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Volvo Construction Equipment North America, LLC v. Clyde/West, Inc.

United States District Court, W.D. Washington, Seattle

December 3, 2014

CLYDE/WEST, INC., Defendant.


JAMES L. ROBART, District Judge.


This matter comes before the court on Plaintiff Volvo Construction Equipment North America, LLC's ("Volvo") motion for partial summary judgment. ( See Mot. (Dkt. # 40).) This case arises from Volvo's termination of its construction equipment dealer, Defendant Clyde/West, Inc. ("Clyde"). Having considered the submissions of the parties, the balance of the record, and the relevant law, and no party having requested oral argument, the court GRANTS Volvo's motion for partial summary judgment.


Clyde has been a dealer of Volvo's heavy construction equipment in Washington, Oregon, and Idaho since 2002.[1] (Gibson Decl. (Dkt. # 41) ¶ 2.) In general, there are three segments of heavy construction equipment: general purpose production equipment; road equipment; and compact equipment. (Tuholsky Dep. 1 (Dkt. # 68-4) 49:16-23.) Originally, Clyde sold only Volvo's general purpose production and compact equipment; today, it sells all three categories. (McConnell Decl. (Dkt. # 69) ¶ 6.) As such, Clyde's inventory includes equipment such as backhoe loaders, excavators, motor graders, pipe layers, and pavers. ( See Gibson Decl. ¶ 7.)

Beginning in 2005, Volvo grew increasingly concerned that Clyde's share in the Washington market for construction equipment was inadequate and that Clyde was undercapitalized. ( See Volvo 2005 Emails (Dkt. ## 72-1, 72-2); Tuholsky Dep. 2 (Dkt. # 73-1) 62:6-64:10.) Based on these concerns, in 2007, Volvo asked Clyde to sell its dealership. (McConnell Decl. ¶ 14.) Clyde contends that this request was unwarranted because it had increased revenues substantially since becoming a Volvo dealer. ( Id. ¶ 11.) Nonetheless, from 2007 through 2009, Clyde engaged in negotiations with various entities, including Volvo's Alaska dealer, to arrange a sale. ( Id. ¶ 15; see also Resp. at 6.) Even with Volvo's assistance, however, Clyde was unable to finalize a sale. ( See McConnel Decl. ¶¶ 15-20, Exs. G-J (emails between the parties to the negotiation).)

Accordingly, in 2010, Volvo and Clyde entered into a revised franchise agreement for each of Clyde's Washington, Oregon, and Idaho territories. (McConnell Decl. ¶ 22.) Overall, this transaction granted Clyde the right to sell road equipment, consummated Clyde's acquisition of certain road equipment assets, and mutually settled and released the parties' claims. ( Id. ¶ 22, Ex. N ("Asset Purchase Agreement"), Ex. P (settlement and release of claims).) Because Volvo had complained about Clyde's market share in the past, Clyde endeavored to insert into the agreements limitations on the way Volvo would impose its market share requirements going forward. (McConnell Decl. ¶ 22; see also Asset Purchase Agreement ¶ 3.18.)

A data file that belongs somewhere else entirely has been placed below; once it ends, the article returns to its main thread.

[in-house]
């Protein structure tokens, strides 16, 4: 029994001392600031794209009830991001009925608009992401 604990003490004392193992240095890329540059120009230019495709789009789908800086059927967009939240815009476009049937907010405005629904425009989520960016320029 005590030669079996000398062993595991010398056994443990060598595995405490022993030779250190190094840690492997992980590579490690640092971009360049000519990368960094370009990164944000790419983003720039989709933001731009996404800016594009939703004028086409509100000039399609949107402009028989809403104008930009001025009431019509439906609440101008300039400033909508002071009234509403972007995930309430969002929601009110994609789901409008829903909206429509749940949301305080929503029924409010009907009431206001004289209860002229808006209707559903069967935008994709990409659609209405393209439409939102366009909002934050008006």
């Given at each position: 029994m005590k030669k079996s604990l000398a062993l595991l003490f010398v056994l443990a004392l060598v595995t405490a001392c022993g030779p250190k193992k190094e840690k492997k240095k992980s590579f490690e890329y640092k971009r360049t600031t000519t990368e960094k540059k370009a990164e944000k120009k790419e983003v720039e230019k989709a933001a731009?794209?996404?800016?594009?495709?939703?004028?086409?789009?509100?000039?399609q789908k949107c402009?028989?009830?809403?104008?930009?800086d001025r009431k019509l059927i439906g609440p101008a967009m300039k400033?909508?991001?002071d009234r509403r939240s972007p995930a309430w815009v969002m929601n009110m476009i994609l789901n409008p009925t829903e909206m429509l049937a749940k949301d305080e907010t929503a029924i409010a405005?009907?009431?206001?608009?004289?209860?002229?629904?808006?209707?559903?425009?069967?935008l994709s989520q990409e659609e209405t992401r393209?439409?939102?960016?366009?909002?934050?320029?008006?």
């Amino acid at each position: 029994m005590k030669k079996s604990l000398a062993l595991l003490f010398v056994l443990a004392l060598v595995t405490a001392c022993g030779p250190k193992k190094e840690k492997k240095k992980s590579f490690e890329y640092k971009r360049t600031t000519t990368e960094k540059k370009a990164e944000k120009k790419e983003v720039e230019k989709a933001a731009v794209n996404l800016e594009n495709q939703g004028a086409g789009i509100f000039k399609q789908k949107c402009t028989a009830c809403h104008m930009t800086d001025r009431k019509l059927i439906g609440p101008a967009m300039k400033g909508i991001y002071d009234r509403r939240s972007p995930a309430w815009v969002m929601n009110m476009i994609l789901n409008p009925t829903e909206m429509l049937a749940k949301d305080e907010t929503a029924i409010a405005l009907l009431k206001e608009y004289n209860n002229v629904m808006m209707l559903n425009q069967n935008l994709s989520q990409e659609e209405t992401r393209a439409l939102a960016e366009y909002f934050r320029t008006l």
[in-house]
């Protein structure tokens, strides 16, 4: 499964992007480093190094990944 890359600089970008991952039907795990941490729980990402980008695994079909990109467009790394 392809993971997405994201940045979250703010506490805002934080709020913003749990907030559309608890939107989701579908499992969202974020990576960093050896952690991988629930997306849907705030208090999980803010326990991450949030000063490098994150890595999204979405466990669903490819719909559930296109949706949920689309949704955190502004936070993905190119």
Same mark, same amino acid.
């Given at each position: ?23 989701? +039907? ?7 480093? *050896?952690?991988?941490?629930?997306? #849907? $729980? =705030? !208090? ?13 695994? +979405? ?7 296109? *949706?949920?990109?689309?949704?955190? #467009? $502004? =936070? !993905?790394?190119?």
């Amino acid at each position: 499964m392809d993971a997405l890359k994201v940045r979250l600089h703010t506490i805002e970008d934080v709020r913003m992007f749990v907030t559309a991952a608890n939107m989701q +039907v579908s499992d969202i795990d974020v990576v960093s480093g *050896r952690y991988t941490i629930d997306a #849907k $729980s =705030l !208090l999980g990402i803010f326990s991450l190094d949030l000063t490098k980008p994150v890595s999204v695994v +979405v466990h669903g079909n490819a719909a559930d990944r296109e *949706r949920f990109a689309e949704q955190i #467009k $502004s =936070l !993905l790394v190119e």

The revised Washington agreement ("Agreement") contains a series of termination provisions that are applicable in different situations. ( See Agreement (Dkt. # 41-1) ¶¶ 7.1, 22.) First, Section 7.1 provides that either party may terminate the Agreement with 180 days notice:

This Agreement shall become effective on the date first set forth above (the Effective Date") and, unless sooner terminated by either party as provided herein, shall continue for an indefinite period, provided that the Agreement may be terminated by either party during such indefinite period upon one hundred and eighty (180) days advance written notice.

( Id. ¶ 7.1.)

Next, Section 22 sets forth the parties' options for terminating the Agreement when a breach has occurred. In general, Section 22.1 provides that, if either party breaches the Agreement, the other party "may" give the breaching party written notice and 60 days to cure, at the end of which time, the non-breaching party may terminate the contract immediately. ( Id. ¶ 22.1) Certain breaches, however, are exempt from Section 22.1. ( Id. ) Specifically, Section 22.2 applies when the dealer fails to maintain the market shares specified in the Agreement. ( Id. ¶ 22.2). Section 22.2 provides in relevant part:

[B]y giving written notice to Dealer, Volvo may terminate this Agreement should the Dealer (i) fail to achieve and maintain the market shares referred to in Section 6; or (ii) consistently fail to order to stock sufficient inventory to achieve such market shares... and the Dealer shall have failed to remedy either default within one hundred eighty (180) days after written notice from Volvo, or a second such default shall have occurred within a one (1) year period.

( Id. ¶ 22.2).[2]

In October 2012, Volvo sent Clyde a notice terminating the Agreement pursuant to Section 7.1. (Term. Letter (Dkt. # 41-2) ("Pursuant to paragraph 7.1 of the March 12, 2010 Dealer Agreement... you are hereby notified that Volvo is exercising its right to terminate the Agreement effective 180 days from the date of this ...

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